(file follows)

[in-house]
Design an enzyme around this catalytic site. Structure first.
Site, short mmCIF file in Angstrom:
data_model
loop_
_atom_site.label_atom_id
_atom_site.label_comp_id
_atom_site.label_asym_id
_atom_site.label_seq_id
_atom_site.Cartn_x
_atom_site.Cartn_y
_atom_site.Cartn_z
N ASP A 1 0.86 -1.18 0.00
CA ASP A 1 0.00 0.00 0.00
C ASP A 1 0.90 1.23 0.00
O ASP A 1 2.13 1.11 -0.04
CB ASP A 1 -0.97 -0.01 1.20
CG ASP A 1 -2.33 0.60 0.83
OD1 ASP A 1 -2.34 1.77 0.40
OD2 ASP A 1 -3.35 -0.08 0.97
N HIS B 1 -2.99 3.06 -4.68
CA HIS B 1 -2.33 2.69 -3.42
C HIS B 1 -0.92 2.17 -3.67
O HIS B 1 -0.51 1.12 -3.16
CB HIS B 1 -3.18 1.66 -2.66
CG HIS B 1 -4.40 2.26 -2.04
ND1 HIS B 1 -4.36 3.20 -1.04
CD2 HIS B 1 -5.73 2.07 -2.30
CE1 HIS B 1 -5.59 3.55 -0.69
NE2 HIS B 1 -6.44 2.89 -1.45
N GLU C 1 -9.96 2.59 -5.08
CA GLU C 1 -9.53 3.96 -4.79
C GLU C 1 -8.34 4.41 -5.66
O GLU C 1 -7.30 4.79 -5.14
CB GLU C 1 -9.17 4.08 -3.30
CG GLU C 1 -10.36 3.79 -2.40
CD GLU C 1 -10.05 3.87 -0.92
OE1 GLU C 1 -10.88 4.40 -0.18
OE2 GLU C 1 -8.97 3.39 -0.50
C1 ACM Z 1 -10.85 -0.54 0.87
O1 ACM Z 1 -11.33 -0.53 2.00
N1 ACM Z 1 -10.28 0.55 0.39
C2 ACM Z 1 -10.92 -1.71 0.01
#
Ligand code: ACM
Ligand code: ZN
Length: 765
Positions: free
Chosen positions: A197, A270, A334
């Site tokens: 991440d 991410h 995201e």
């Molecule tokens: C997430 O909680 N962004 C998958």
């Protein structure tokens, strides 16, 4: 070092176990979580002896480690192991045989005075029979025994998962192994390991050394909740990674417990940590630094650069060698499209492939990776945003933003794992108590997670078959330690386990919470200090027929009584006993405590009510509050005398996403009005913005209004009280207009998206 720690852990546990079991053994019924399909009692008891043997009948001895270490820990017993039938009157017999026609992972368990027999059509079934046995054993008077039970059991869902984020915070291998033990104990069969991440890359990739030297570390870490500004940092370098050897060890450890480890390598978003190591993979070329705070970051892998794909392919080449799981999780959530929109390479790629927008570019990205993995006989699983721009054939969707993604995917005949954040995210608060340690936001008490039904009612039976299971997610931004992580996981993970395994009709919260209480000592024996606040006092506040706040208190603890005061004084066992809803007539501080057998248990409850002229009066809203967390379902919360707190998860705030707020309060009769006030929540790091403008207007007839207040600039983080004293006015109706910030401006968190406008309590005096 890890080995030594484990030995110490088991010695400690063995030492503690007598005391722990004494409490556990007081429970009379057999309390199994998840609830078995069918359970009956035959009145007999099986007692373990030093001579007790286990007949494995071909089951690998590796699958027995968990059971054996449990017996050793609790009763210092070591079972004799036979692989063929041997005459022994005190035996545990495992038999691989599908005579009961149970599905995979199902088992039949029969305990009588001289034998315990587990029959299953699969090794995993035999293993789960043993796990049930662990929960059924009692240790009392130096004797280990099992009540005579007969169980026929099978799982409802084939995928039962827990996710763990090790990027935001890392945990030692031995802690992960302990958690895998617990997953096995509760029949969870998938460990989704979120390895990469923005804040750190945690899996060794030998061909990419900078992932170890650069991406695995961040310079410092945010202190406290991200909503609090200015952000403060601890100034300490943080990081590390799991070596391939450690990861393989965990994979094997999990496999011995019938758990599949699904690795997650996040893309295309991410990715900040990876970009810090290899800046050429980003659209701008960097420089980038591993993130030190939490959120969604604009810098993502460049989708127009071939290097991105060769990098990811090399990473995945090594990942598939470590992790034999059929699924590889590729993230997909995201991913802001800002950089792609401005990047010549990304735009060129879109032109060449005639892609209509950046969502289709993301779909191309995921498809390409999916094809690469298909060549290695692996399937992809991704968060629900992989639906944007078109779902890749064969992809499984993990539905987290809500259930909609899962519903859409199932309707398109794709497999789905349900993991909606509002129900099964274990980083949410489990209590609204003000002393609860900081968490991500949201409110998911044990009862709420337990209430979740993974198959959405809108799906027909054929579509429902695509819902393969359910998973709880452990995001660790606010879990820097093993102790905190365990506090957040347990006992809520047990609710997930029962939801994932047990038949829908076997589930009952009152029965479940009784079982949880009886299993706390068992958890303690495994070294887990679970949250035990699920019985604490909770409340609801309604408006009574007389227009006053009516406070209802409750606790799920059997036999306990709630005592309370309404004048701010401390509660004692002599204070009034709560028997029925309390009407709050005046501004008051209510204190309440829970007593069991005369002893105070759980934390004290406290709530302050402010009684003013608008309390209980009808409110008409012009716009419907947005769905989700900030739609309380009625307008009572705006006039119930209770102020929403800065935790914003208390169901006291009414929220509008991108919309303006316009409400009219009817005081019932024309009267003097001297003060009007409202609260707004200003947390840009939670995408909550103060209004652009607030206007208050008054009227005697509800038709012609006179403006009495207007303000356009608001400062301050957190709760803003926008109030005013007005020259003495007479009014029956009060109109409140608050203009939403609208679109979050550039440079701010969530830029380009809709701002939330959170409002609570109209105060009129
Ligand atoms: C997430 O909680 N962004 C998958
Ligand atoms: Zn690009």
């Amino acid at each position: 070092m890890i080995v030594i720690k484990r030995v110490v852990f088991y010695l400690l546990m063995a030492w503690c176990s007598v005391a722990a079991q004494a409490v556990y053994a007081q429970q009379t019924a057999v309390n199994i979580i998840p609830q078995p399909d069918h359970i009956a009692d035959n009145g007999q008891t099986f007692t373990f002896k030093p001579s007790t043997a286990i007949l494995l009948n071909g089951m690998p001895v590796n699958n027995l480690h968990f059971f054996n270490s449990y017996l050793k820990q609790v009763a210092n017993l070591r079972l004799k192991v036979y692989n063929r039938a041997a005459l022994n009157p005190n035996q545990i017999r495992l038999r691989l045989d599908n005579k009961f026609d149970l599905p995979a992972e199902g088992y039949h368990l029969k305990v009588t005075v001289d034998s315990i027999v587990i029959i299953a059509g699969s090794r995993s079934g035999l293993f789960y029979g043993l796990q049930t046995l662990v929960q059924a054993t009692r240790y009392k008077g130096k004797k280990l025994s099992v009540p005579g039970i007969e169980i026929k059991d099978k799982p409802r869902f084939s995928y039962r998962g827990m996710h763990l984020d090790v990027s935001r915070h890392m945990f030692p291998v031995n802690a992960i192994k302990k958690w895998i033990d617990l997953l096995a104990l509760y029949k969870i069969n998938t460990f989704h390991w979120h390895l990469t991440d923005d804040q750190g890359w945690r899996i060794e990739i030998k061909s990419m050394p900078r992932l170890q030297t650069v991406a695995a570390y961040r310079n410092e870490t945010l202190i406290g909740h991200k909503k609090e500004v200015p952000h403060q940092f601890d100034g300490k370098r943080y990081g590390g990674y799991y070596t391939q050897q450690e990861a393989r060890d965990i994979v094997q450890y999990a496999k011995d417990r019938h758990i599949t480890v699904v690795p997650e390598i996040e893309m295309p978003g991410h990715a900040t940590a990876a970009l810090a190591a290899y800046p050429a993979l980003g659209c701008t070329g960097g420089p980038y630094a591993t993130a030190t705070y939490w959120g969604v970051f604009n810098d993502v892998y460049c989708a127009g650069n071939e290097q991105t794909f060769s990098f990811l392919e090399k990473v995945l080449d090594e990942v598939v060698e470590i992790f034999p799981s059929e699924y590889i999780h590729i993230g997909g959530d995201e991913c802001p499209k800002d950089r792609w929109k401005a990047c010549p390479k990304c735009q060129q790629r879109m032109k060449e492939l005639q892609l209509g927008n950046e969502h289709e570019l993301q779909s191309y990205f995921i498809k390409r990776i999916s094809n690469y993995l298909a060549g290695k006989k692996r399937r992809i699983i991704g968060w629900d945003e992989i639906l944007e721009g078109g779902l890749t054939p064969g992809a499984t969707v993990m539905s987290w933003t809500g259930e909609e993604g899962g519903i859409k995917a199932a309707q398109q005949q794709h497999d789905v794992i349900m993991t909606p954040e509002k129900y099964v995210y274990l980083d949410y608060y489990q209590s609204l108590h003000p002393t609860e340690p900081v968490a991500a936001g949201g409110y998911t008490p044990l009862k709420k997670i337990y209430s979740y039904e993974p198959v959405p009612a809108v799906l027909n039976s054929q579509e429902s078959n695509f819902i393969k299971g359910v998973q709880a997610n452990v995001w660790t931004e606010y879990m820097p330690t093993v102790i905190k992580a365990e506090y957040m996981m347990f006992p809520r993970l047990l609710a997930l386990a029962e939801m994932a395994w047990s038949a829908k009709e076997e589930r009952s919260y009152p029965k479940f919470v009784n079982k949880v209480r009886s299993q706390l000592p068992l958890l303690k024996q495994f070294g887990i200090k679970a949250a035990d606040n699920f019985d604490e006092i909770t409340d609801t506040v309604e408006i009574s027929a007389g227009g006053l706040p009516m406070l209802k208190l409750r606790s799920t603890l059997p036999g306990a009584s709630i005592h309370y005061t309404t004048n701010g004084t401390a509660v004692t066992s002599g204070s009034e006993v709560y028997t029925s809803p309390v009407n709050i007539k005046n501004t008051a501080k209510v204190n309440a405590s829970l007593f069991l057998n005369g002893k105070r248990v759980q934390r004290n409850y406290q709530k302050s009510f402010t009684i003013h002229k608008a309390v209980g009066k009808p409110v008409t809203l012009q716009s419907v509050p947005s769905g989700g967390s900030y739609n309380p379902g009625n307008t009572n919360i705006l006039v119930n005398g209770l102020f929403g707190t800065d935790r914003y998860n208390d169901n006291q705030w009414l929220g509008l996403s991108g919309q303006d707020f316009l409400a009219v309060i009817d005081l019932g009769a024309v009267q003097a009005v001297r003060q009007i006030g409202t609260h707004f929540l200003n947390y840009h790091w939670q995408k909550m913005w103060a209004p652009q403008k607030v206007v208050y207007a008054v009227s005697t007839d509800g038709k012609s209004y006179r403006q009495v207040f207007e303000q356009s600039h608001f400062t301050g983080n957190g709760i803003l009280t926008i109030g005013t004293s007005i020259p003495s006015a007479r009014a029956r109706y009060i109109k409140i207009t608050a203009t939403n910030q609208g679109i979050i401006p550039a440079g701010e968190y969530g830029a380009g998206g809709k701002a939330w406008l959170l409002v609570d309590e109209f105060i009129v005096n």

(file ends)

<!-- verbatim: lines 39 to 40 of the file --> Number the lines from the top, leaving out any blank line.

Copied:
OE2 GLU C 1 -8.97 3.39 -0.50
C1 ACM Z 1 -10.85 -0.54 0.87